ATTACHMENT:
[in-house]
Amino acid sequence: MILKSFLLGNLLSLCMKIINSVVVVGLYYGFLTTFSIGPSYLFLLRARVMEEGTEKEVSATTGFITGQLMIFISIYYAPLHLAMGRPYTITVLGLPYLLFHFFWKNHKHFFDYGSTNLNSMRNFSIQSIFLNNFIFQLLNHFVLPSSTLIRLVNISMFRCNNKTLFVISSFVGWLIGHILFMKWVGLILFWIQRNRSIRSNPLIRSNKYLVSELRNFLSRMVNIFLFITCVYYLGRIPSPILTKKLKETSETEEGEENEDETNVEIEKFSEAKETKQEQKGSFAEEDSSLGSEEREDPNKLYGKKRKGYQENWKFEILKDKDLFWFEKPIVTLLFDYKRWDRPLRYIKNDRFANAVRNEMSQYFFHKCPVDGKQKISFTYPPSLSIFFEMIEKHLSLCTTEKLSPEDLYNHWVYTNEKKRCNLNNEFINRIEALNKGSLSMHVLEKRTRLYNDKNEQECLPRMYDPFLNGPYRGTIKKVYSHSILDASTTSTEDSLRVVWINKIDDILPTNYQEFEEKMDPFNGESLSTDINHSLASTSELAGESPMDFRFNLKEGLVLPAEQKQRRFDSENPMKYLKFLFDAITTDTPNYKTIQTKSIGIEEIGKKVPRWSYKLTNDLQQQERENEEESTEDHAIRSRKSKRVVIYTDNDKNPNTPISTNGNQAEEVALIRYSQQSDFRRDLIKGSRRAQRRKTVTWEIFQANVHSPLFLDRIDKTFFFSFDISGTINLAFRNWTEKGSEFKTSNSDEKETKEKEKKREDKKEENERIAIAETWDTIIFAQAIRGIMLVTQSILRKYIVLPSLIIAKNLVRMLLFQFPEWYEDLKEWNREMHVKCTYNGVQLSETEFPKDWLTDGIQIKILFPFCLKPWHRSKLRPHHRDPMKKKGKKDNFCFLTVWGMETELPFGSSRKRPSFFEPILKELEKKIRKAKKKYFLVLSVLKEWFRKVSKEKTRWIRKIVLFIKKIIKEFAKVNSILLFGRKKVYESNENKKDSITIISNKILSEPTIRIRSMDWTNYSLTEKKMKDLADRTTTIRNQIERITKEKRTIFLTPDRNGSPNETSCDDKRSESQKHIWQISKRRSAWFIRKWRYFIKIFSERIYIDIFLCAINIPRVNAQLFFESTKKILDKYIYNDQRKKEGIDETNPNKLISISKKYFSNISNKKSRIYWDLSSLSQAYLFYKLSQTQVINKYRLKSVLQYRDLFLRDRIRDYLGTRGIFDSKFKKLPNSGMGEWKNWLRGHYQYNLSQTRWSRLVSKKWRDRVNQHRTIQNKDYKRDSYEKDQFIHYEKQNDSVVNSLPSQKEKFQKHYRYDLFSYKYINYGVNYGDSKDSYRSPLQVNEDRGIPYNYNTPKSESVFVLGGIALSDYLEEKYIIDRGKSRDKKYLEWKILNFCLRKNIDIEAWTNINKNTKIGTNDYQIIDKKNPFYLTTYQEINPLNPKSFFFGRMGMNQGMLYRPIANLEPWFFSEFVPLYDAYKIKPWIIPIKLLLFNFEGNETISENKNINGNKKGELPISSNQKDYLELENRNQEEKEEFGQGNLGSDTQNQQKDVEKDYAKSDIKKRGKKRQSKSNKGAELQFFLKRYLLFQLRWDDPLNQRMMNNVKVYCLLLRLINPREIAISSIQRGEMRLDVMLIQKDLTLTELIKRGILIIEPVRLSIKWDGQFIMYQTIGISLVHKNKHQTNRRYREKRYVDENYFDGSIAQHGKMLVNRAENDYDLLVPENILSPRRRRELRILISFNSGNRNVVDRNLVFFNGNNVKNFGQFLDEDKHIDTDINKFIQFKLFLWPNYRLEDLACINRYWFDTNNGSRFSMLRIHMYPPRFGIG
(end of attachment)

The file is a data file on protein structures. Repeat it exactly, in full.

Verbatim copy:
[in-house]
Amino acid sequence: MILKSFLLGNLLSLCMKIINSVVVVGLYYGFLTTFSIGPSYLFLLRARVMEEGTEKEVSATTGFITGQLMIFISIYYAPLHLAMGRPYTITVLGLPYLLFHFFWKNHKHFFDYGSTNLNSMRNFSIQSIFLNNFIFQLLNHFVLPSSTLIRLVNISMFRCNNKTLFVISSFVGWLIGHILFMKWVGLILFWIQRNRSIRSNPLIRSNKYLVSELRNFLSRMVNIFLFITCVYYLGRIPSPILTKKLKETSETEEGEENEDETNVEIEKFSEAKETKQEQKGSFAEEDSSLGSEEREDPNKLYGKKRKGYQENWKFEILKDKDLFWFEKPIVTLLFDYKRWDRPLRYIKNDRFANAVRNEMSQYFFHKCPVDGKQKISFTYPPSLSIFFEMIEKHLSLCTTEKLSPEDLYNHWVYTNEKKRCNLNNEFINRIEALNKGSLSMHVLEKRTRLYNDKNEQECLPRMYDPFLNGPYRGTIKKVYSHSILDASTTSTEDSLRVVWINKIDDILPTNYQEFEEKMDPFNGESLSTDINHSLASTSELAGESPMDFRFNLKEGLVLPAEQKQRRFDSENPMKYLKFLFDAITTDTPNYKTIQTKSIGIEEIGKKVPRWSYKLTNDLQQQERENEEESTEDHAIRSRKSKRVVIYTDNDKNPNTPISTNGNQAEEVALIRYSQQSDFRRDLIKGSRRAQRRKTVTWEIFQANVHSPLFLDRIDKTFFFSFDISGTINLAFRNWTEKGSEFKTSNSDEKETKEKEKKREDKKEENERIAIAETWDTIIFAQAIRGIMLVTQSILRKYIVLPSLIIAKNLVRMLLFQFPEWYEDLKEWNREMHVKCTYNGVQLSETEFPKDWLTDGIQIKILFPFCLKPWHRSKLRPHHRDPMKKKGKKDNFCFLTVWGMETELPFGSSRKRPSFFEPILKELEKKIRKAKKKYFLVLSVLKEWFRKVSKEKTRWIRKIVLFIKKIIKEFAKVNSILLFGRKKVYESNENKKDSITIISNKILSEPTIRIRSMDWTNYSLTEKKMKDLADRTTTIRNQIERITKEKRTIFLTPDRNGSPNETSCDDKRSESQKHIWQISKRRSAWFIRKWRYFIKIFSERIYIDIFLCAINIPRVNAQLFFESTKKILDKYIYNDQRKKEGIDETNPNKLISISKKYFSNISNKKSRIYWDLSSLSQAYLFYKLSQTQVINKYRLKSVLQYRDLFLRDRIRDYLGTRGIFDSKFKKLPNSGMGEWKNWLRGHYQYNLSQTRWSRLVSKKWRDRVNQHRTIQNKDYKRDSYEKDQFIHYEKQNDSVVNSLPSQKEKFQKHYRYDLFSYKYINYGVNYGDSKDSYRSPLQVNEDRGIPYNYNTPKSESVFVLGGIALSDYLEEKYIIDRGKSRDKKYLEWKILNFCLRKNIDIEAWTNINKNTKIGTNDYQIIDKKNPFYLTTYQEINPLNPKSFFFGRMGMNQGMLYRPIANLEPWFFSEFVPLYDAYKIKPWIIPIKLLLFNFEGNETISENKNINGNKKGELPISSNQKDYLELENRNQEEKEEFGQGNLGSDTQNQQKDVEKDYAKSDIKKRGKKRQSKSNKGAELQFFLKRYLLFQLRWDDPLNQRMMNNVKVYCLLLRLINPREIAISSIQRGEMRLDVMLIQKDLTLTELIKRGILIIEPVRLSIKWDGQFIMYQTIGISLVHKNKHQTNRRYREKRYVDENYFDGSIAQHGKMLVNRAENDYDLLVPENILSPRRRRELRILISFNSGNRNVVDRNLVFFNGNNVKNFGQFLDEDKHIDTDINKFIQFKLFLWPNYRLEDLACINRYWFDTNNGSRFSMLRIHMYPPRFGIG